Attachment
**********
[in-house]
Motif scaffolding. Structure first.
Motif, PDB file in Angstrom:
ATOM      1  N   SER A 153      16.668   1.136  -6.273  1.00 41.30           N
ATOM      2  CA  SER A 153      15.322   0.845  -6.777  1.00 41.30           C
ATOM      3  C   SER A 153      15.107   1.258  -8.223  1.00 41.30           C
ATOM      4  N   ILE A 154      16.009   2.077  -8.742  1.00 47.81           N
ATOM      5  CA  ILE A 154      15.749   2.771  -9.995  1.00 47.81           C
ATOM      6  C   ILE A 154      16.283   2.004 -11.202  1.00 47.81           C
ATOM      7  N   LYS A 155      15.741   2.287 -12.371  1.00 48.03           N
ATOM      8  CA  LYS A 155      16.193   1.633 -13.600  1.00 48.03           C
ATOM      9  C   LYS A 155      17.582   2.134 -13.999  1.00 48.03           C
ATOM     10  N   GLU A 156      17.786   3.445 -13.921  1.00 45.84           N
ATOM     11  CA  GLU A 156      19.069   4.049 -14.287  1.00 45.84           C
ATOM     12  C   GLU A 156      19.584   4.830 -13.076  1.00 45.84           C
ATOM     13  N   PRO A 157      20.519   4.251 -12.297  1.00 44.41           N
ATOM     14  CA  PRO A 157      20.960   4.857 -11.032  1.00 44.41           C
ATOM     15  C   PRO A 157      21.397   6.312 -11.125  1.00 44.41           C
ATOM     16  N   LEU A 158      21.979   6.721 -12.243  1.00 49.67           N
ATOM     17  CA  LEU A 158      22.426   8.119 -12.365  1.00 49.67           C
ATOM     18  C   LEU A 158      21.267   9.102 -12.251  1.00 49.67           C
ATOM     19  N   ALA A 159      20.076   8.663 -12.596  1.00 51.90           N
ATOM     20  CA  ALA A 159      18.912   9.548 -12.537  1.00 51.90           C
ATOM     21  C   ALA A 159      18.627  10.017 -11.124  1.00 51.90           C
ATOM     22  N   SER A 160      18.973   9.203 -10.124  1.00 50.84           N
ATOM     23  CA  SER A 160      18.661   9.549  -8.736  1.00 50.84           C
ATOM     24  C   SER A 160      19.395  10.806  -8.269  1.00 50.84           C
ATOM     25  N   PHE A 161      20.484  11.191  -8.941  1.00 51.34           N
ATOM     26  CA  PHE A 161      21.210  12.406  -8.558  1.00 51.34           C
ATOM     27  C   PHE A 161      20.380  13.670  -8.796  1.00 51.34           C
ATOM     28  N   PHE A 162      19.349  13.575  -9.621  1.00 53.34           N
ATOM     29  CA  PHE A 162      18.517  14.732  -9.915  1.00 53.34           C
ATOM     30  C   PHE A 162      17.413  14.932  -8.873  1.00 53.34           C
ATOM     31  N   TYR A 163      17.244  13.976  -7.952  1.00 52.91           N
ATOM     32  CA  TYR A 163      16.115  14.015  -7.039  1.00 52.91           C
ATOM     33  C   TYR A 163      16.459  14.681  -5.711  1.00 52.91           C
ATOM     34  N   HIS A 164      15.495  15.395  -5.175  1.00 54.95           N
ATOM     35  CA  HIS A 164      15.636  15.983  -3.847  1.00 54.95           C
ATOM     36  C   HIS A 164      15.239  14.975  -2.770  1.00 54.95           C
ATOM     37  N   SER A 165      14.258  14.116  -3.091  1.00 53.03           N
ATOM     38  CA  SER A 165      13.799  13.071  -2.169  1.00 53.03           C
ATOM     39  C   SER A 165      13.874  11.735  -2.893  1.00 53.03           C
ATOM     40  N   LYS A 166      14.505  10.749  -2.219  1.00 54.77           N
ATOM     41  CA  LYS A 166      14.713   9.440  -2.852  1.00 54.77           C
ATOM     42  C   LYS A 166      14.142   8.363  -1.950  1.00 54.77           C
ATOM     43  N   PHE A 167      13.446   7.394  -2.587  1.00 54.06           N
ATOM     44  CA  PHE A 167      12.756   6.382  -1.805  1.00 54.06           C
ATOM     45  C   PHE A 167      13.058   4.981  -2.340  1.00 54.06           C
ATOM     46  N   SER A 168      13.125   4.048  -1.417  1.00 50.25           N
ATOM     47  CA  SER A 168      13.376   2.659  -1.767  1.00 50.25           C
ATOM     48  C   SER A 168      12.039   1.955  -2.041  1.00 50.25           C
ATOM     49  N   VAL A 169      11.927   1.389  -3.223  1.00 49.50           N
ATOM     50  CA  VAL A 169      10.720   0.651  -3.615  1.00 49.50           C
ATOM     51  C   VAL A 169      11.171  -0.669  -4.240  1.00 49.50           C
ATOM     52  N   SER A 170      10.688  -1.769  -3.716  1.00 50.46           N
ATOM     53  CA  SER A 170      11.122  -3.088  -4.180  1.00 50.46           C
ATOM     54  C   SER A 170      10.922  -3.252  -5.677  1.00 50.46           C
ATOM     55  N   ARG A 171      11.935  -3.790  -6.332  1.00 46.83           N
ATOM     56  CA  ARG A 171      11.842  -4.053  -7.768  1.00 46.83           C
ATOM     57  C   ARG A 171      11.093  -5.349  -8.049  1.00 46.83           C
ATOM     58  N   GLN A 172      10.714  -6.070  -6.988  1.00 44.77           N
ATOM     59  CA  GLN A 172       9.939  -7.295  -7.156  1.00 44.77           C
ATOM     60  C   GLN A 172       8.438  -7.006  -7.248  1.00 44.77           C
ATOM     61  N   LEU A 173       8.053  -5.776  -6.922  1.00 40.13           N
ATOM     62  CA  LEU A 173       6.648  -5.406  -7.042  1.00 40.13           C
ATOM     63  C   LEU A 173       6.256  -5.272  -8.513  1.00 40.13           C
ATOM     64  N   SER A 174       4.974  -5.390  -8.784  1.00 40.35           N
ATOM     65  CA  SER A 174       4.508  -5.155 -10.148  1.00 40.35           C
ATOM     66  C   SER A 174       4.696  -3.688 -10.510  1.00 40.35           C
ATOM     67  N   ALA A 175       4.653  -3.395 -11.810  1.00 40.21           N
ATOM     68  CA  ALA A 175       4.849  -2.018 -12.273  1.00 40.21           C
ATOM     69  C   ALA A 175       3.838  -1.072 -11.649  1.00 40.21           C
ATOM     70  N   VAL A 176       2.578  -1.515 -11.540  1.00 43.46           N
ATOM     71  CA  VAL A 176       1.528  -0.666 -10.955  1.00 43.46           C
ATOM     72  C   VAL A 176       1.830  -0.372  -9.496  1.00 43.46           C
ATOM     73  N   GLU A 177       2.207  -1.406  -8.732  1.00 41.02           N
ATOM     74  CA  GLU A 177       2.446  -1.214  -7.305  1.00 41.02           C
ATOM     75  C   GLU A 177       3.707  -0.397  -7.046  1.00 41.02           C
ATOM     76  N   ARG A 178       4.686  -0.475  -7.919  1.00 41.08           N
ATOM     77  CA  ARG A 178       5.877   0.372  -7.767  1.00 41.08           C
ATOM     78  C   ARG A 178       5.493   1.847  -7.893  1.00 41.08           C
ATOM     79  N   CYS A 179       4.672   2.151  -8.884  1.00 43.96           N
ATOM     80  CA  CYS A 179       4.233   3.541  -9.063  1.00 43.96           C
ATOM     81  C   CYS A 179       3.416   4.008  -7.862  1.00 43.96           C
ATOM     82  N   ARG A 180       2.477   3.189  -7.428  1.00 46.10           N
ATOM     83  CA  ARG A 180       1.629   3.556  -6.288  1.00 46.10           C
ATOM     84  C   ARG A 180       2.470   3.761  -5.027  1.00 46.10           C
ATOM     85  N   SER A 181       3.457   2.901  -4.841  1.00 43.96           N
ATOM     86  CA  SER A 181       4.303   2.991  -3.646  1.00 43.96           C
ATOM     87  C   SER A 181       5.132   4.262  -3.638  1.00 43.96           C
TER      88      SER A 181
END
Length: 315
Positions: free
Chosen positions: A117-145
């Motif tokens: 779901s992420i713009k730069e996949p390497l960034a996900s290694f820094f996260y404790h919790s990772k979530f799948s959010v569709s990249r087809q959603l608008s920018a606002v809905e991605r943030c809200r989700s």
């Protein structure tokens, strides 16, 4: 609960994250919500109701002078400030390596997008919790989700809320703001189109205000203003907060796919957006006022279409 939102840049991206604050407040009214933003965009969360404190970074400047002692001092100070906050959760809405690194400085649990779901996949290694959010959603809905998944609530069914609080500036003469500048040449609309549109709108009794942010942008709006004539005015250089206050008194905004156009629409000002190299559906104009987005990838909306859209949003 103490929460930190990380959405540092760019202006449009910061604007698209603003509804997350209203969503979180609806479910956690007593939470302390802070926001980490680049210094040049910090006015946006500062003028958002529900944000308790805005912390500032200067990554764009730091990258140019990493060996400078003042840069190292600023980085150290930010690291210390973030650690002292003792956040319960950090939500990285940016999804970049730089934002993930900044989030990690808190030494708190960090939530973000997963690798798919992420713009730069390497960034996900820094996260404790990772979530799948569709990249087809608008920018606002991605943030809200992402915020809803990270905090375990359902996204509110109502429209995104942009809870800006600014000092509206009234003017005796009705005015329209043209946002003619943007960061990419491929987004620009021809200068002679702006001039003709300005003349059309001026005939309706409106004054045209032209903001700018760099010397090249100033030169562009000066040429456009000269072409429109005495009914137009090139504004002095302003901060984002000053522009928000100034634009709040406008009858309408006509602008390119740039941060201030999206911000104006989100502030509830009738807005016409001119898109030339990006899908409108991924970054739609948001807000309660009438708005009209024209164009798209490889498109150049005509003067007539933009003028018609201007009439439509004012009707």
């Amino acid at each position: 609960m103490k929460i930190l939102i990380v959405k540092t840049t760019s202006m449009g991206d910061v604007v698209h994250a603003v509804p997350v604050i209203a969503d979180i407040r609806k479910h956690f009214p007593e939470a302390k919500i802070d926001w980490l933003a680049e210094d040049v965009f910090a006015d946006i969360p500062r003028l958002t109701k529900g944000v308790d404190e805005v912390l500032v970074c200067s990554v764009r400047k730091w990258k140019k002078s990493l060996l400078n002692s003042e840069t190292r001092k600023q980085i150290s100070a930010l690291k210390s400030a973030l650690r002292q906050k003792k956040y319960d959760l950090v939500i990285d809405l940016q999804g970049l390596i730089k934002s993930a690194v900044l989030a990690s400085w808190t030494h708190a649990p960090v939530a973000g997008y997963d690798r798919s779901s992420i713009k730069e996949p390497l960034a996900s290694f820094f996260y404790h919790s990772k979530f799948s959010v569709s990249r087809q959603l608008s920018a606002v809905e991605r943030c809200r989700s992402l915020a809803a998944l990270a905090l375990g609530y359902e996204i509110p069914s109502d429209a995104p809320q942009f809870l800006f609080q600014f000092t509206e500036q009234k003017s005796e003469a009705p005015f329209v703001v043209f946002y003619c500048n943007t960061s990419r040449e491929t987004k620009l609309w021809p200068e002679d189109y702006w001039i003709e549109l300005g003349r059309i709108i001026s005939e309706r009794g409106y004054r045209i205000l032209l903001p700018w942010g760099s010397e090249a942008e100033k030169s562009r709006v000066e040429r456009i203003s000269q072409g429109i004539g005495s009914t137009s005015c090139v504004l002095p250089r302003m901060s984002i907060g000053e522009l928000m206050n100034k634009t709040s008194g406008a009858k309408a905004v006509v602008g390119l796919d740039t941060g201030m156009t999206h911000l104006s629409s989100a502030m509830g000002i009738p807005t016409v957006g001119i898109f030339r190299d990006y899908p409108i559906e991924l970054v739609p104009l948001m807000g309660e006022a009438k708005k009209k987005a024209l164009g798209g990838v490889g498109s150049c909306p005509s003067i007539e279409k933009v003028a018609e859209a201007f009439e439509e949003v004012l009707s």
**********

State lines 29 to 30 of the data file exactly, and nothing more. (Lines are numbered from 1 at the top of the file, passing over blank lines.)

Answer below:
ATOM     26  CA  PHE A 161      21.210  12.406  -8.558  1.00 51.34           C
ATOM     27  C   PHE A 161      20.380  13.670  -8.796  1.00 51.34           C